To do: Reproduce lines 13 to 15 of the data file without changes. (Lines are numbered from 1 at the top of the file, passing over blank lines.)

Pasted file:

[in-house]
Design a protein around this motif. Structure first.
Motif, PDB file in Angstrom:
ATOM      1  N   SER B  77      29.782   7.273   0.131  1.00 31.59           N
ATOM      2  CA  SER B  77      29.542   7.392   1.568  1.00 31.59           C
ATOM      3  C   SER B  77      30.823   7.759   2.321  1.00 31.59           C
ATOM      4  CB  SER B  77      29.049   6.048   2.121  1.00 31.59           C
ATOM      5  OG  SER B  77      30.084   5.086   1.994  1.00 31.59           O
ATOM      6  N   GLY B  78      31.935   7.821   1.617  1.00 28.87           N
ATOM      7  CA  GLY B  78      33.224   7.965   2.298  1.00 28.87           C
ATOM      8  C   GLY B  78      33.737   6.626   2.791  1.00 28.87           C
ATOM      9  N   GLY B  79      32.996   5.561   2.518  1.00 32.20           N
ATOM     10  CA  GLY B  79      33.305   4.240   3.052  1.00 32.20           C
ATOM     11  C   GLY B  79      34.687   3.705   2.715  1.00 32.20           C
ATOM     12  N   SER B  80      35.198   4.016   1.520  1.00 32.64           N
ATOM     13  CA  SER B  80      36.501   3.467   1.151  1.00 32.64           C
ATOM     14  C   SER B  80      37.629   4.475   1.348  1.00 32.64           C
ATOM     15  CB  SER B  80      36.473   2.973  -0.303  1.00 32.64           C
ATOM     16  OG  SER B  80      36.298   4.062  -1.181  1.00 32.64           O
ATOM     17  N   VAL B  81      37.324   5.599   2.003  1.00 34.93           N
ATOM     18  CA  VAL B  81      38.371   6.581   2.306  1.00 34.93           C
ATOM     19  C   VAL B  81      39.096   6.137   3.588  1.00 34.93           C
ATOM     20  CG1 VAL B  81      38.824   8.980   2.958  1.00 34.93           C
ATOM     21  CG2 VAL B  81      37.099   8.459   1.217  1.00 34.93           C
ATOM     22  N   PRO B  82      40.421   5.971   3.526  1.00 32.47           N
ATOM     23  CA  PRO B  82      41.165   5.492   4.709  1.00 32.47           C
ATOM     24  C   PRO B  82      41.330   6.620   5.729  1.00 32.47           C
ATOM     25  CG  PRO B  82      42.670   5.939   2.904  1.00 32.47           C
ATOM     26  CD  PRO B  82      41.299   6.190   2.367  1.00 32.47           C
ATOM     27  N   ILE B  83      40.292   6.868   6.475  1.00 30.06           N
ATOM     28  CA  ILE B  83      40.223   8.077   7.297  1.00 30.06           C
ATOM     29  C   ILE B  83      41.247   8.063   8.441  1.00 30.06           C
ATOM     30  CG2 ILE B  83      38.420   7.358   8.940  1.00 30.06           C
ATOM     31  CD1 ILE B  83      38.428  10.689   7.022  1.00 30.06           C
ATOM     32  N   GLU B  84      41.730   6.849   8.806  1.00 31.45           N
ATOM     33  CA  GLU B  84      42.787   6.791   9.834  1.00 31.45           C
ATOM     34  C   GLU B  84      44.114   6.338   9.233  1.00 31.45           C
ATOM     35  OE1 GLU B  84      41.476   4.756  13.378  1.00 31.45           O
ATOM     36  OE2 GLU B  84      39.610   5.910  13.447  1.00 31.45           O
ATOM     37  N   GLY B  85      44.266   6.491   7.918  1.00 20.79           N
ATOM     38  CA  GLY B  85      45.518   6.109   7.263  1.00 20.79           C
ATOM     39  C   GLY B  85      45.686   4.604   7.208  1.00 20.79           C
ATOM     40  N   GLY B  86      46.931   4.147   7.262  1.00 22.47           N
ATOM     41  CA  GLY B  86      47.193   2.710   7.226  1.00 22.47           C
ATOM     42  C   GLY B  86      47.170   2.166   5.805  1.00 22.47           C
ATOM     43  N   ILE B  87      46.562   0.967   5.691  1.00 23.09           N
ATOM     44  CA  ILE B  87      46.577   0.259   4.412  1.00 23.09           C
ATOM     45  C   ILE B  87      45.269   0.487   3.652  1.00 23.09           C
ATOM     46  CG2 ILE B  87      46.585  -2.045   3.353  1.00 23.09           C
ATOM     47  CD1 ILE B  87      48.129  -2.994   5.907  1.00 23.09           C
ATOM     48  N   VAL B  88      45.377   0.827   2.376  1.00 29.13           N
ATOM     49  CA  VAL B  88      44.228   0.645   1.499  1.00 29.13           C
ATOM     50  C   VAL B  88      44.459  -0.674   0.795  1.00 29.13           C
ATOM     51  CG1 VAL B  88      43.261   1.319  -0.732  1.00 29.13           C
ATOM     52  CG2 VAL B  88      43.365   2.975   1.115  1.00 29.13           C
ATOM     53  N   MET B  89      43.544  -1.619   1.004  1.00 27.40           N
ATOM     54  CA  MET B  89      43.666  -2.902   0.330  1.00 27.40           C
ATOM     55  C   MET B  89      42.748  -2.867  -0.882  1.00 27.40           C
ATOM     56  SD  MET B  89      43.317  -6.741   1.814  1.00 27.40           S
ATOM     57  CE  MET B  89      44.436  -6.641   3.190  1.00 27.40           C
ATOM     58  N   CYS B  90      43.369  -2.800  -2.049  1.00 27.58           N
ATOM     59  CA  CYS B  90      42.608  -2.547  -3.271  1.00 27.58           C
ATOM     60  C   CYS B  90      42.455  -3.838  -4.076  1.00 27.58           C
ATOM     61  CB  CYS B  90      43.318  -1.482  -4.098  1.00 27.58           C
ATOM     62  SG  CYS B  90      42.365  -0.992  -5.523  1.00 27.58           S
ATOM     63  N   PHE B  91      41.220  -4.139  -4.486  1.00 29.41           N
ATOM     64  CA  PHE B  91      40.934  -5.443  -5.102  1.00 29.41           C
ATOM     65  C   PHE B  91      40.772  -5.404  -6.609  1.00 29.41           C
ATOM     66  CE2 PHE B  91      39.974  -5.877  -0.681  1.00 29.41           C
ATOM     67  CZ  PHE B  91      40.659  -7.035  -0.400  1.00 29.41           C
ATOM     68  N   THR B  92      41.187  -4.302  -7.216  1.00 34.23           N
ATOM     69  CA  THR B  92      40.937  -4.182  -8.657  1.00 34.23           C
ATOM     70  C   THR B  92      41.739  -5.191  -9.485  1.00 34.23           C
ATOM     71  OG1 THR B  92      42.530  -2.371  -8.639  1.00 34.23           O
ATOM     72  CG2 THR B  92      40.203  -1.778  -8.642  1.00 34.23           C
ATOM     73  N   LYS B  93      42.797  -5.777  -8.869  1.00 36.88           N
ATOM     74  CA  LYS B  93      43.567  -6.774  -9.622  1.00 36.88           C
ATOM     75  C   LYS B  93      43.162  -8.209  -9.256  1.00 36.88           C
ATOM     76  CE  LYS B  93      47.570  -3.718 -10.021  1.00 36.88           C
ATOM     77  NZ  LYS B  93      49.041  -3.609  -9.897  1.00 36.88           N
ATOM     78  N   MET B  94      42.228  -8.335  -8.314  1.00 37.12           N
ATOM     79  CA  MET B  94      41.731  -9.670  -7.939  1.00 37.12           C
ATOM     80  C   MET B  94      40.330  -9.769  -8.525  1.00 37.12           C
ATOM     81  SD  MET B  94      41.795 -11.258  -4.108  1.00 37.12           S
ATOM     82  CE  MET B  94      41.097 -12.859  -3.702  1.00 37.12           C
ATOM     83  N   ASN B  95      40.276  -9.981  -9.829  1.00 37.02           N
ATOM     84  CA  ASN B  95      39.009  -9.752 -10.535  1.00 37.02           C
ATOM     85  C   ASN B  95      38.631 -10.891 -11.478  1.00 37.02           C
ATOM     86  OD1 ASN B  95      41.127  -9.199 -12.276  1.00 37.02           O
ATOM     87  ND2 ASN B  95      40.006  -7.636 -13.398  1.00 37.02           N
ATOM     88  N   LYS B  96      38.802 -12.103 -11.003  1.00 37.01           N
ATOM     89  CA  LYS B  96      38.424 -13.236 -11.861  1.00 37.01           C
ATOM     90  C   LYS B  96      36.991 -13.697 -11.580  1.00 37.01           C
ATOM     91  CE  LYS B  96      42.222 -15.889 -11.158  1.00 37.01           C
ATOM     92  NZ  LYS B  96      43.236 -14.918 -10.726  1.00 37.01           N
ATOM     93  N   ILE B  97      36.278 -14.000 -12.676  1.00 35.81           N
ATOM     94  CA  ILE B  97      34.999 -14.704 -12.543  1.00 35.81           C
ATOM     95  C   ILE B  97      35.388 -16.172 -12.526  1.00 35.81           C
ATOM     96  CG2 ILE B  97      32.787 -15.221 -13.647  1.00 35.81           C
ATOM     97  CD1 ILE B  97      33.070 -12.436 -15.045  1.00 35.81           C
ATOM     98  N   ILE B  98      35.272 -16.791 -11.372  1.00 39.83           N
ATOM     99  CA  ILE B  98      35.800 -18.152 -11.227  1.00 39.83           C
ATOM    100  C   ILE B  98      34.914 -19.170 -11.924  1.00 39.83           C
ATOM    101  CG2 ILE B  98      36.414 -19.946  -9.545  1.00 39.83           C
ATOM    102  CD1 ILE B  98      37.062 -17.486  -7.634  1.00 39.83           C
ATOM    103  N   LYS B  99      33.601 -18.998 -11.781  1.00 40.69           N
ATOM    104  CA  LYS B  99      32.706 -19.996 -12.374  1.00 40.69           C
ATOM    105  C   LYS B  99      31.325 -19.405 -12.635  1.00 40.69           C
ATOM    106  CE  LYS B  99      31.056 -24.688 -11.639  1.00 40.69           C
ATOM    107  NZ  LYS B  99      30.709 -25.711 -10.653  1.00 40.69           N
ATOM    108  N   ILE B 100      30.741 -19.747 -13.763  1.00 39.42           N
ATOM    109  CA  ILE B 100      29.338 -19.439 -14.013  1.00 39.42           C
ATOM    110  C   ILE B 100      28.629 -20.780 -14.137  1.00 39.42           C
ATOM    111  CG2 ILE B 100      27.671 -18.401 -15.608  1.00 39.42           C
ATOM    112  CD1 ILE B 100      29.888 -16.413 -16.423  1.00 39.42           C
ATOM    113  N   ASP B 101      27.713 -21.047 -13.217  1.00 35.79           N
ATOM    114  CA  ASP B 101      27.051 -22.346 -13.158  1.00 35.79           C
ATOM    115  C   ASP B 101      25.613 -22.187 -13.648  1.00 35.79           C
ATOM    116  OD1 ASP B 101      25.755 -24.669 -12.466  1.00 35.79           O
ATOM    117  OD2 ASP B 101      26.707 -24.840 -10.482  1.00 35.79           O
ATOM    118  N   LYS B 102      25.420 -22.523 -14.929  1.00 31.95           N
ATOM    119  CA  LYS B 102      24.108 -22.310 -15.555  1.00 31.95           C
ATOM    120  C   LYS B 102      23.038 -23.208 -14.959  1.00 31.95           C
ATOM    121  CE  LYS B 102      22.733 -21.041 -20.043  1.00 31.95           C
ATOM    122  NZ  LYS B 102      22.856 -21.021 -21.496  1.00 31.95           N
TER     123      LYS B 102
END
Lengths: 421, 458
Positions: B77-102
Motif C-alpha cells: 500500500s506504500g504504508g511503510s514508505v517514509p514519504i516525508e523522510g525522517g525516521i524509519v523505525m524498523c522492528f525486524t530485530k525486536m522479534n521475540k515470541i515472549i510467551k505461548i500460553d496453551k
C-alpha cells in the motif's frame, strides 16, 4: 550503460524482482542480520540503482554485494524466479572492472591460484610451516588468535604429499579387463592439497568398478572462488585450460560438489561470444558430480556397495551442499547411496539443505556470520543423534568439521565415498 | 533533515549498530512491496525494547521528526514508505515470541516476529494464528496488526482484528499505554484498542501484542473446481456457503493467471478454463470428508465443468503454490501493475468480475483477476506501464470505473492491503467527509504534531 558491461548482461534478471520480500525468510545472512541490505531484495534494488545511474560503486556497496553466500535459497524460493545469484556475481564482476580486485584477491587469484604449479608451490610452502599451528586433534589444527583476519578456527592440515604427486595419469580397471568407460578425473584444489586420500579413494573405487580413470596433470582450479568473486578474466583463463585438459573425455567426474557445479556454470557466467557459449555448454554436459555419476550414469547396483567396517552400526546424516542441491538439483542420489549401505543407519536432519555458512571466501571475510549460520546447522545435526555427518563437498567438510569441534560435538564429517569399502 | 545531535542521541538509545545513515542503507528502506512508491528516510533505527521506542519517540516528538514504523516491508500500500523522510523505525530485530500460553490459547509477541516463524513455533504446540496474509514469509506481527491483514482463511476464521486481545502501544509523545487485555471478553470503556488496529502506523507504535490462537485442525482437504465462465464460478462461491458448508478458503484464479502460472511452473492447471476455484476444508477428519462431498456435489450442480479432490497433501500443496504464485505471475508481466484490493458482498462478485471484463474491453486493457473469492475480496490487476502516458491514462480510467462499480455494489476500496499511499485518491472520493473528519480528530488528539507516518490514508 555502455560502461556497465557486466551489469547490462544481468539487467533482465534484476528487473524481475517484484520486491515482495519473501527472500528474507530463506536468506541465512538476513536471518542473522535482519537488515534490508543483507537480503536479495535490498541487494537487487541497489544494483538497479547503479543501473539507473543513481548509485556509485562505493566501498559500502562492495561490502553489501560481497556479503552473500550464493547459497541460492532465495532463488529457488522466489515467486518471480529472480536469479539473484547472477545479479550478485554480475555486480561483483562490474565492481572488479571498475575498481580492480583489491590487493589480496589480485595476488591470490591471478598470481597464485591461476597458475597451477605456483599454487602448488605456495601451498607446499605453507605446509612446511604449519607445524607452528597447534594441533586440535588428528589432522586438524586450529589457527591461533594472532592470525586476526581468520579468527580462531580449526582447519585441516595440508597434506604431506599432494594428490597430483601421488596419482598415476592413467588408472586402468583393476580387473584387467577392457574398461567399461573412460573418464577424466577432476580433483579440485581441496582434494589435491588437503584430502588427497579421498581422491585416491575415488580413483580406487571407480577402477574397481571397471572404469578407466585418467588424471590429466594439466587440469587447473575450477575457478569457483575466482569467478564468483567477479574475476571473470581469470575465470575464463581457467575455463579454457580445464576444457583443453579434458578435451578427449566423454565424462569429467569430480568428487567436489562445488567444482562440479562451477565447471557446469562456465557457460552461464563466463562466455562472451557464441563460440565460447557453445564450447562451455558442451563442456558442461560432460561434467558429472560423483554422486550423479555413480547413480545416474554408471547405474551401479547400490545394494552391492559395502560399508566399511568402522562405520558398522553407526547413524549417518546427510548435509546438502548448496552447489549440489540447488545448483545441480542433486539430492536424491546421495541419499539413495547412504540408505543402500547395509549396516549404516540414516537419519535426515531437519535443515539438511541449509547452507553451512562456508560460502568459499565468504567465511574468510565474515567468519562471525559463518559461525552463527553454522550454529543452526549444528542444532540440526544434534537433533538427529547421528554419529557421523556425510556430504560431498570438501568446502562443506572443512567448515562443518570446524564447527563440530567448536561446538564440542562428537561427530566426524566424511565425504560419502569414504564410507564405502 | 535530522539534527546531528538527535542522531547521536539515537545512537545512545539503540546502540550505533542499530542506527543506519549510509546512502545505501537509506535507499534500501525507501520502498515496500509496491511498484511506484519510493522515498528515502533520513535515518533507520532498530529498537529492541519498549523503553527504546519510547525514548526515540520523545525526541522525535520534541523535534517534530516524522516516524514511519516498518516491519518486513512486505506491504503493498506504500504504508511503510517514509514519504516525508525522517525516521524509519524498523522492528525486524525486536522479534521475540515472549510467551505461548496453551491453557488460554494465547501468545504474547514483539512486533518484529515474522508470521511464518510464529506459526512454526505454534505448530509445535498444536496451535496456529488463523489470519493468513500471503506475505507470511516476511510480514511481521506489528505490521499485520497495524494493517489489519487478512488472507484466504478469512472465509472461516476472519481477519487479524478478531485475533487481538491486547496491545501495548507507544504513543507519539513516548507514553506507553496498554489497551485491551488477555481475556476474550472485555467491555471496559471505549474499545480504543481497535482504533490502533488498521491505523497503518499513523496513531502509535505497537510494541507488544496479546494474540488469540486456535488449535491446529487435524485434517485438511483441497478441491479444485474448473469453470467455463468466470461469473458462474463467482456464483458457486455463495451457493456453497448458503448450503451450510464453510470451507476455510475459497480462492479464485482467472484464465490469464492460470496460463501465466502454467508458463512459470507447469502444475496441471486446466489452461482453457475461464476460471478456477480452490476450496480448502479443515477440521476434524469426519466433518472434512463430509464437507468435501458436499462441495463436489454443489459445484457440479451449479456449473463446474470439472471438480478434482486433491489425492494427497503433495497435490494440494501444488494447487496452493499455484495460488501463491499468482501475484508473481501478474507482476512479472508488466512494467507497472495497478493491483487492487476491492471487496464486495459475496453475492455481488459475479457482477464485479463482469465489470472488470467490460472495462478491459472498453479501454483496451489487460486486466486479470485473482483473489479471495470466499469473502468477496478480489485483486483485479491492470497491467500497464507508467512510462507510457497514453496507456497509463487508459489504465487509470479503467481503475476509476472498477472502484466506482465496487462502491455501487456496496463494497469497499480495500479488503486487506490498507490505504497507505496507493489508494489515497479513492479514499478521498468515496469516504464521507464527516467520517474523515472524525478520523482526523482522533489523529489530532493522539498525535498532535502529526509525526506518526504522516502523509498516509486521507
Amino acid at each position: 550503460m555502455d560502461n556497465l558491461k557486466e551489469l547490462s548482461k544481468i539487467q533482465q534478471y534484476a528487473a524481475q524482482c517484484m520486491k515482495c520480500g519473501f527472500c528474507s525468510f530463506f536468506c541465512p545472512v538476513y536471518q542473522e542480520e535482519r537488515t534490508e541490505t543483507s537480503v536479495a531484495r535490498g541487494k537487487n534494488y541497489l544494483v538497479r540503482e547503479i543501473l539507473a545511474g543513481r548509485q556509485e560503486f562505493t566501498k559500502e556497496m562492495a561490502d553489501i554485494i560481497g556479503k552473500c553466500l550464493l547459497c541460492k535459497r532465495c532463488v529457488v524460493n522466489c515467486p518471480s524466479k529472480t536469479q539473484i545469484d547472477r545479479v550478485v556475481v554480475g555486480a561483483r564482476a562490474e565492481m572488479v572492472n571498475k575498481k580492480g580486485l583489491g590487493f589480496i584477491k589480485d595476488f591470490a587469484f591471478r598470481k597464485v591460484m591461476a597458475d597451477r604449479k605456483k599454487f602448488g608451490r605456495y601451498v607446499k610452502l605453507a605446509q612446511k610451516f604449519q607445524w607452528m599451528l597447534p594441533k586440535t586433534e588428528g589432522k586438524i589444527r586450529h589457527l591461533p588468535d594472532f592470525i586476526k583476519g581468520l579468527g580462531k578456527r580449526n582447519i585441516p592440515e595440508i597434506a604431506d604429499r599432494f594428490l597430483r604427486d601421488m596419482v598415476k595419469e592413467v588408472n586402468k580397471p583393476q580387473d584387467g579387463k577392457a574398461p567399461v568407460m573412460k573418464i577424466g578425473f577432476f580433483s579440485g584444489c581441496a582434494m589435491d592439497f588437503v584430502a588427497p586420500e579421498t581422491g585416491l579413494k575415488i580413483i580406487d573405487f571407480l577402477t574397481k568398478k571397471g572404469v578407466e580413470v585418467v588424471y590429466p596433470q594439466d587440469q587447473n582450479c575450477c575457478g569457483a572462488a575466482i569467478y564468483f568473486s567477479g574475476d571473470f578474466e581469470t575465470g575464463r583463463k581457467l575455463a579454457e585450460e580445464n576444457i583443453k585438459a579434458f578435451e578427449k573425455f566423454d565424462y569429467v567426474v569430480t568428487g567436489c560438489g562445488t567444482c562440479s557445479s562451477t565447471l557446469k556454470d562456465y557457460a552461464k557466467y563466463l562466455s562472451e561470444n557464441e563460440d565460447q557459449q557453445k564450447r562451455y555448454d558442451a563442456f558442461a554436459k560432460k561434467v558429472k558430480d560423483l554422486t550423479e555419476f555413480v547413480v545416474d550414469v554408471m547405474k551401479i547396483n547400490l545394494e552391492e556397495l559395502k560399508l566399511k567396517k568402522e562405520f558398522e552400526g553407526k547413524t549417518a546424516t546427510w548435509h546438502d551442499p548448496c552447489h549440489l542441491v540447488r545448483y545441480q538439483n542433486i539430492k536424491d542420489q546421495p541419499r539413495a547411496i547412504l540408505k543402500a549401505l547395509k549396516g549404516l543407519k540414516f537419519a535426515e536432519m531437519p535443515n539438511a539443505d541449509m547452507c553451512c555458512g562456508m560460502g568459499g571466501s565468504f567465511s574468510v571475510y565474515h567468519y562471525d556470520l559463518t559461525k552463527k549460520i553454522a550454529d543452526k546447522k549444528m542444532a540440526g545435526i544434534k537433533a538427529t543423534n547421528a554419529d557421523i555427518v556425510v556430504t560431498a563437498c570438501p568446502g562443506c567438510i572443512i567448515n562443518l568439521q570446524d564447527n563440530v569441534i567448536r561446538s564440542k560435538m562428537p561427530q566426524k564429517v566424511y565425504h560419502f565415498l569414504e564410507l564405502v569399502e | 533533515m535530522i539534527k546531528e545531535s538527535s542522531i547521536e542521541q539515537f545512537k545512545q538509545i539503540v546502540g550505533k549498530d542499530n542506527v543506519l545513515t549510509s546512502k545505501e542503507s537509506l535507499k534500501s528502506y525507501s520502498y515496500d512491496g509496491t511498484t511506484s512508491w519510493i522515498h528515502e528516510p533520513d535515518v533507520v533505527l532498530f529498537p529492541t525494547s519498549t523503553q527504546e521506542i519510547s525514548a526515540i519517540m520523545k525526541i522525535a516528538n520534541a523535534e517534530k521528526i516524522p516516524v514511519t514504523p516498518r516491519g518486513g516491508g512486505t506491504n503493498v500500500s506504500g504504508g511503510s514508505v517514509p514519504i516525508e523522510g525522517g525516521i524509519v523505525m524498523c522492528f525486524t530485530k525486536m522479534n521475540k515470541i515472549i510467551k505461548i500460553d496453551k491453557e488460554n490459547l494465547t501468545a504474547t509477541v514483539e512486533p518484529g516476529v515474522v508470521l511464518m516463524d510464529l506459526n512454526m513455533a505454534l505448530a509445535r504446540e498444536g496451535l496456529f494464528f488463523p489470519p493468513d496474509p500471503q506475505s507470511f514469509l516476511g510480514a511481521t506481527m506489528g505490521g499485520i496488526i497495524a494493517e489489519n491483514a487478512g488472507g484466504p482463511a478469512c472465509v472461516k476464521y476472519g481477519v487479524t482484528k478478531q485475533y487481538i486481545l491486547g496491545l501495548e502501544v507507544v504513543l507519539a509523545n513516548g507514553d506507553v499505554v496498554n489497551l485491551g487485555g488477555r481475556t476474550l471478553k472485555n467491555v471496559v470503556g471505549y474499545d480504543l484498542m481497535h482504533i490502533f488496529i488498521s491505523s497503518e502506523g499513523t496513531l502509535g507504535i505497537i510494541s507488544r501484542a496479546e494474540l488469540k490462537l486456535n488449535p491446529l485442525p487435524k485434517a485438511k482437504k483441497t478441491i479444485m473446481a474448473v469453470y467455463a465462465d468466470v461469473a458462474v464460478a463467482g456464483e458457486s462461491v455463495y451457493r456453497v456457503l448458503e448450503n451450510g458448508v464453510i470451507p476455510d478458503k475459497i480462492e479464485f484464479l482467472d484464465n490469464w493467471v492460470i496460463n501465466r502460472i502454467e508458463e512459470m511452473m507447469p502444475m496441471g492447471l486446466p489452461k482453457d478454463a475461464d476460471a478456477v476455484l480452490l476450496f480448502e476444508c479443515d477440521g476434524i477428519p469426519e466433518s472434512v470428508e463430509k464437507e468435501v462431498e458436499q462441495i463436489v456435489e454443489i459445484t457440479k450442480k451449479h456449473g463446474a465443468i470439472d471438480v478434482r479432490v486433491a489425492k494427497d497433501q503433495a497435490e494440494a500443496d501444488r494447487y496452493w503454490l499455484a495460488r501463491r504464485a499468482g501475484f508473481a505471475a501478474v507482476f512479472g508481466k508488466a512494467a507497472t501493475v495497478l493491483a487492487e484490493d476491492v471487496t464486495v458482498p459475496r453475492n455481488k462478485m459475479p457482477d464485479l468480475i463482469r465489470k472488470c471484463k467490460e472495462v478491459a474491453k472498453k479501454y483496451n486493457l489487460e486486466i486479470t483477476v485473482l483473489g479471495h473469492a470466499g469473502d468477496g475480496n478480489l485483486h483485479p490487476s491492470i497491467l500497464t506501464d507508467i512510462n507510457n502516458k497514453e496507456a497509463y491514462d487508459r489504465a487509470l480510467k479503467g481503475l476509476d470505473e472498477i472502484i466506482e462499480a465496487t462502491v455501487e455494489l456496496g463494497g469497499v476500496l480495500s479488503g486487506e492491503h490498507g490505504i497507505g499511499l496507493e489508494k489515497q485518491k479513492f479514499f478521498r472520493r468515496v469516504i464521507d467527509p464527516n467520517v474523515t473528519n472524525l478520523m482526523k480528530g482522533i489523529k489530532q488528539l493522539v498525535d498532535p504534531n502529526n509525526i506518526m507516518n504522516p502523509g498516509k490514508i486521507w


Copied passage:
ATOM     10  CA  GLY B  79      33.305   4.240   3.052  1.00 32.20           C
ATOM     11  C   GLY B  79      34.687   3.705   2.715  1.00 32.20           C
ATOM     12  N   SER B  80      35.198   4.016   1.520  1.00 32.64           N